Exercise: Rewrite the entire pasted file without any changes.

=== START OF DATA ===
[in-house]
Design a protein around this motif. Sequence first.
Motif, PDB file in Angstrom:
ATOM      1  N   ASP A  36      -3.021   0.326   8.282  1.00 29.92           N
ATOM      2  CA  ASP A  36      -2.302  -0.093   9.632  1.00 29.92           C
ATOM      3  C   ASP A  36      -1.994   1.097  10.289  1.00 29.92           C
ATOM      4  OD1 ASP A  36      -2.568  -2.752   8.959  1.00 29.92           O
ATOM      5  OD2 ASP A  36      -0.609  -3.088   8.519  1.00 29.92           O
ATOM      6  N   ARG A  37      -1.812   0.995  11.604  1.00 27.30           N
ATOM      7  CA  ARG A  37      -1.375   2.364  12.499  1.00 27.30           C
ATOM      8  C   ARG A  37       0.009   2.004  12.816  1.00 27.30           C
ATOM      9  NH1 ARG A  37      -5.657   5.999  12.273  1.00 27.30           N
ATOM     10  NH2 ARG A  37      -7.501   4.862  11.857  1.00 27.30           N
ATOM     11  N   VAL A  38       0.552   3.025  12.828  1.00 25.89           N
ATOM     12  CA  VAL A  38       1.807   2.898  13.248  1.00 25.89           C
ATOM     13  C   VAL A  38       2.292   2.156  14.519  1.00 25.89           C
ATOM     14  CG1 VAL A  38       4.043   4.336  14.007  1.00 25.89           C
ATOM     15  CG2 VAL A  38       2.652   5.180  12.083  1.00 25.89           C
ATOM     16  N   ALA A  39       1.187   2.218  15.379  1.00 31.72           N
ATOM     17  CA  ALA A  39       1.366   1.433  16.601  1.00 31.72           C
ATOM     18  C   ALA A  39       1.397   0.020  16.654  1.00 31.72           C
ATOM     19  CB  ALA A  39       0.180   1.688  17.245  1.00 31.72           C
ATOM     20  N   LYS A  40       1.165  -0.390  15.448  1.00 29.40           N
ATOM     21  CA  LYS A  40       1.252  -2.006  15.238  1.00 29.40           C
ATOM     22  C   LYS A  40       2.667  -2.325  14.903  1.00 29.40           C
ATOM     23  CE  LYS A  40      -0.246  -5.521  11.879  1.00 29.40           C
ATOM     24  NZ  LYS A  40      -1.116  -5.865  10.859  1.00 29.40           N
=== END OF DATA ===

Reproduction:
[in-house]
Design a protein around this motif. Sequence first.
Motif, PDB file in Angstrom:
ATOM      1  N   ASP A  36      -3.021   0.326   8.282  1.00 29.92           N
ATOM      2  CA  ASP A  36      -2.302  -0.093   9.632  1.00 29.92           C
ATOM      3  C   ASP A  36      -1.994   1.097  10.289  1.00 29.92           C
ATOM      4  OD1 ASP A  36      -2.568  -2.752   8.959  1.00 29.92           O
ATOM      5  OD2 ASP A  36      -0.609  -3.088   8.519  1.00 29.92           O
ATOM      6  N   ARG A  37      -1.812   0.995  11.604  1.00 27.30           N
ATOM      7  CA  ARG A  37      -1.375   2.364  12.499  1.00 27.30           C
ATOM      8  C   ARG A  37       0.009   2.004  12.816  1.00 27.30           C
ATOM      9  NH1 ARG A  37      -5.657   5.999  12.273  1.00 27.30           N
ATOM     10  NH2 ARG A  37      -7.501   4.862  11.857  1.00 27.30           N
ATOM     11  N   VAL A  38       0.552   3.025  12.828  1.00 25.89           N
ATOM     12  CA  VAL A  38       1.807   2.898  13.248  1.00 25.89           C
ATOM     13  C   VAL A  38       2.292   2.156  14.519  1.00 25.89           C
ATOM     14  CG1 VAL A  38       4.043   4.336  14.007  1.00 25.89           C
ATOM     15  CG2 VAL A  38       2.652   5.180  12.083  1.00 25.89           C
ATOM     16  N   ALA A  39       1.187   2.218  15.379  1.00 31.72           N
ATOM     17  CA  ALA A  39       1.366   1.433  16.601  1.00 31.72           C
ATOM     18  C   ALA A  39       1.397   0.020  16.654  1.00 31.72           C
ATOM     19  CB  ALA A  39       0.180   1.688  17.245  1.00 31.72           C
ATOM     20  N   LYS A  40       1.165  -0.390  15.448  1.00 29.40           N
ATOM     21  CA  LYS A  40       1.252  -2.006  15.238  1.00 29.40           C
ATOM     22  C   LYS A  40       2.667  -2.325  14.903  1.00 29.40           C
ATOM     23  CE  LYS A  40      -0.246  -5.521  11.879  1.00 29.40           C
ATOM     24  NZ  LYS A  40      -1.116  -5.865  10.859  1.00 29.40           N